Kubernates takes center stage at Cisco Live during CEO keynote

Cisco CEO Chuck Robbins welcomes Google Cloud CEO Diane Green onto the stage Monday morning at Cisco Live. (Mike Robuck/Fierce Telecom)

ORLANDO, Fla.—Cisco Live kicked of this morning with bone-crunching beats and a light show before delving into topics such as Kubernates.

Cisco CEO Chuck Robbins invited Google Cloud CEO Diane Green onto the stage to discuss the hybrid cloud partnership the two industry giants forged in October of last year that included Kubernates.

Robbins cited the need to create more partnerships in order to push the development of networks and services, and he used Google Cloud as a primary example. The partnership allows customers to move and run applications between Cisco-powered data centers and the Google Cloud platform by using Kubernates and Istio.

"Whether you use their cloud for Kubernates or Cisco Kubernates on prem you get the same experience," Robbins said of the partnership.

Green said it was important to "use disruptive technology but in a non-disruptive way" by writing applications once to run anywhere. Green said the Cisco/Google Cloud tie-up resulted in a 10x improvement in productivity using Kubernates and Istio.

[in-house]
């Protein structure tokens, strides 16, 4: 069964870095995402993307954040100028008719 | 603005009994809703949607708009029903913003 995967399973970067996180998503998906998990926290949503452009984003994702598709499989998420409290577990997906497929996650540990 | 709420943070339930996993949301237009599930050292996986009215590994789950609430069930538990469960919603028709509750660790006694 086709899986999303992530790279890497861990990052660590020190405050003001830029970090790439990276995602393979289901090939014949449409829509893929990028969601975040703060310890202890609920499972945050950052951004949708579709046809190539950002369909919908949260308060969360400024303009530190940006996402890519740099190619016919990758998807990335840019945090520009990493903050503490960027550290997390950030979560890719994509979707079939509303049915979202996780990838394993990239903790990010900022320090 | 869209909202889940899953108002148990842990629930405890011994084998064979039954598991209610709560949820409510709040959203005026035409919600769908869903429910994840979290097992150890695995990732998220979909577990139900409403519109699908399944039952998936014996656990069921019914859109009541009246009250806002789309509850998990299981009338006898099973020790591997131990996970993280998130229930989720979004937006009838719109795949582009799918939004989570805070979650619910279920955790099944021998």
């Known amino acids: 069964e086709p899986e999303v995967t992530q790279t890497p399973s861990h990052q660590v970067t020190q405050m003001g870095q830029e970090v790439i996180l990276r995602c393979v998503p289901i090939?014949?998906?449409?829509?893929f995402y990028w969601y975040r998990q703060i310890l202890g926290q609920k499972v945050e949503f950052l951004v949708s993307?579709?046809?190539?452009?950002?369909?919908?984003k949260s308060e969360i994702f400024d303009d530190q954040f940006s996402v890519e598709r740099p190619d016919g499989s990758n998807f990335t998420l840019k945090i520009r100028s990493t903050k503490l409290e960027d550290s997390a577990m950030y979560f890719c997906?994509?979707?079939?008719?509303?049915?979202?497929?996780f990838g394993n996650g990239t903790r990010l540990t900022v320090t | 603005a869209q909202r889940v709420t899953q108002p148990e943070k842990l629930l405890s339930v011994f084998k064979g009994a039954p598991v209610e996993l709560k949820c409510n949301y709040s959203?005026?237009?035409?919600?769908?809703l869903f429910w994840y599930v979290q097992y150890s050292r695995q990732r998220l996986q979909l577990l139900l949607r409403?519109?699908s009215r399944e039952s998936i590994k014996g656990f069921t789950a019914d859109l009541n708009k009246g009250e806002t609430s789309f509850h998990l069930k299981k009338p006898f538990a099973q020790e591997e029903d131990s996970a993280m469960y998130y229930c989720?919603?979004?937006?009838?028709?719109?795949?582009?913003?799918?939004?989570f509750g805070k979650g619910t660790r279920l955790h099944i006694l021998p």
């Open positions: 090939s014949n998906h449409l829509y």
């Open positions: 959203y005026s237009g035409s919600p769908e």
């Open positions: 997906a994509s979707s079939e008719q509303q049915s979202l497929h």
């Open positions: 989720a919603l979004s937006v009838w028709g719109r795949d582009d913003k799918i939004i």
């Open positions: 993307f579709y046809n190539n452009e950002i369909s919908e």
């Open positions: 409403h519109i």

"We're bringing you Kubernates containers and a new development platform that enables your application  developers to concentrate on building apps for customers by letting this Kubernates container management take care of scaling and monitoring," Green said.

Green said that Google Cloud was a good fit for Cisco's container ambitions because it had used it internally for the past 10 years, including two years in open source. Google runs more than 4 billion Kubernates instances a week on premise, in the cloud and in the Google Kubernates Engine (GKE.)

Robbins started of his keynote by citing some of Cisco's accomplishment over the past 30 years and transitioned into thinking about the need to build networks differently going forward.

He said there were 2.1 billion machine-to-machine connections last year alone, but there needs to be better analytics of all of that machine-to-machine activity. With another 27 billion machine-to-machine connections over the next five years, analytics need to be processed at the point that has the most value in real time.

"We need to think differently about how we build networks in the future," he said. "The network has to play a significant role in powering this multi-cloud environment we all are living in."